Apart from all of the original design considerations, and independent of the requirements for the Edstrom AWS, a major change order for the facility water was issued. Included in the change order was a new water softener system with deionization beds and carbon filters which were installed upstream of the house RO. With these additions to the system, the water now sent to the house RO would be devoid of any biocide protection.

Once installed, the unit was put into service to test functionality. It subsequently remained unused (and without chlorine as a biocide) as the project progressed to the point of commissioning.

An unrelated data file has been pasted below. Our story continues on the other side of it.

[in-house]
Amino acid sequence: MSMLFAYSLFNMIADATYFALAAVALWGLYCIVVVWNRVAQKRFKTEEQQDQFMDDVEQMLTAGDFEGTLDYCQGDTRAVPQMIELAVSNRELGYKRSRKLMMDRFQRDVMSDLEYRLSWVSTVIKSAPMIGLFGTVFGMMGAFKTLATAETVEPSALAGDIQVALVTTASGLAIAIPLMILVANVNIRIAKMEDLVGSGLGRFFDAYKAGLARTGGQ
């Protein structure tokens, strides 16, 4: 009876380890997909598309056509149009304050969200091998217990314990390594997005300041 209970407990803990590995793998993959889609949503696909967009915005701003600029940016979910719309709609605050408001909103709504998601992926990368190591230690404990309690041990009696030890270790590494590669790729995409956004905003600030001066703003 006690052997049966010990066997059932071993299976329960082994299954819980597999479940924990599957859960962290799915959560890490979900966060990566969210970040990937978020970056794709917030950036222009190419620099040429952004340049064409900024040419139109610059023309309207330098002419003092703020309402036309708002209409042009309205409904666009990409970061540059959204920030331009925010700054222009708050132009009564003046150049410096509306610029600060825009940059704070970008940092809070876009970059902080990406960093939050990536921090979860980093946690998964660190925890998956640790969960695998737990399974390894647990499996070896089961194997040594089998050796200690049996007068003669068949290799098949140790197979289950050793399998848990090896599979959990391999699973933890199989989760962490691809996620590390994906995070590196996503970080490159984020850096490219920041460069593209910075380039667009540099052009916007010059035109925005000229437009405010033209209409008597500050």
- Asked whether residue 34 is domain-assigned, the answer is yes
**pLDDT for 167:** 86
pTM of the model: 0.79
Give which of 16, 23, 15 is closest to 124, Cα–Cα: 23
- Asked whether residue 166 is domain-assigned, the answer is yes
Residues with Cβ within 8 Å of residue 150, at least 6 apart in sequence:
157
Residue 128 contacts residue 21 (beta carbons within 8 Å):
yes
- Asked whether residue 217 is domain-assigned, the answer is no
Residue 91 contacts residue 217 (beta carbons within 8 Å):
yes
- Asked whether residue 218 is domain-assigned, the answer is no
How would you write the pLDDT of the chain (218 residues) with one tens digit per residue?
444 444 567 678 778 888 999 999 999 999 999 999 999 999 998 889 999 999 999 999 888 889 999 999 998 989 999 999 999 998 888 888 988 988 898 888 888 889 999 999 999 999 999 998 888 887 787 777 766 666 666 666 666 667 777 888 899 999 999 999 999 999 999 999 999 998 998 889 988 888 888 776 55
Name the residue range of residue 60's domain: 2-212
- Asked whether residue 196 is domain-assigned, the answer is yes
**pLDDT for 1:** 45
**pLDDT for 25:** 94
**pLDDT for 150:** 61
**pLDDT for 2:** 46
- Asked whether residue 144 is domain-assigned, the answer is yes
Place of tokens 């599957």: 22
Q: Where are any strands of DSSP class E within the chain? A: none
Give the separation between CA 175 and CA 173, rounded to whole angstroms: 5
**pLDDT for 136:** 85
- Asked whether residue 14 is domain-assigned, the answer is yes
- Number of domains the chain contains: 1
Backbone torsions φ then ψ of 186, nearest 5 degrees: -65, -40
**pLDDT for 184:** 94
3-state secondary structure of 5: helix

As the building neared completion, bacterial organisms bloomed in the chlorine-free stagnant water of the deionization beds. This contamination migrated forward through the house RO, ultimately creating building-wide contamination of the many systems served by the purified water. The Edstrom automated watering system, located downstream of the source of the biological outbreak, had not escaped the spread of this contamination. Edstrom engineers, returning to the facility for a routine pre-commissioning test of the system, were the first to discover the biofilm. The acidified water circulating through the AWS with no active biocide was overwhelmed by the sheer volume and pervasiveness of the bio contamination. A worst case scenario unfolded as, once alerted to the presence of biofilm, the customer discovered that the contamination was facility-wide. This included the purified laboratory water, the heating and cooling units as well as the building humidification system.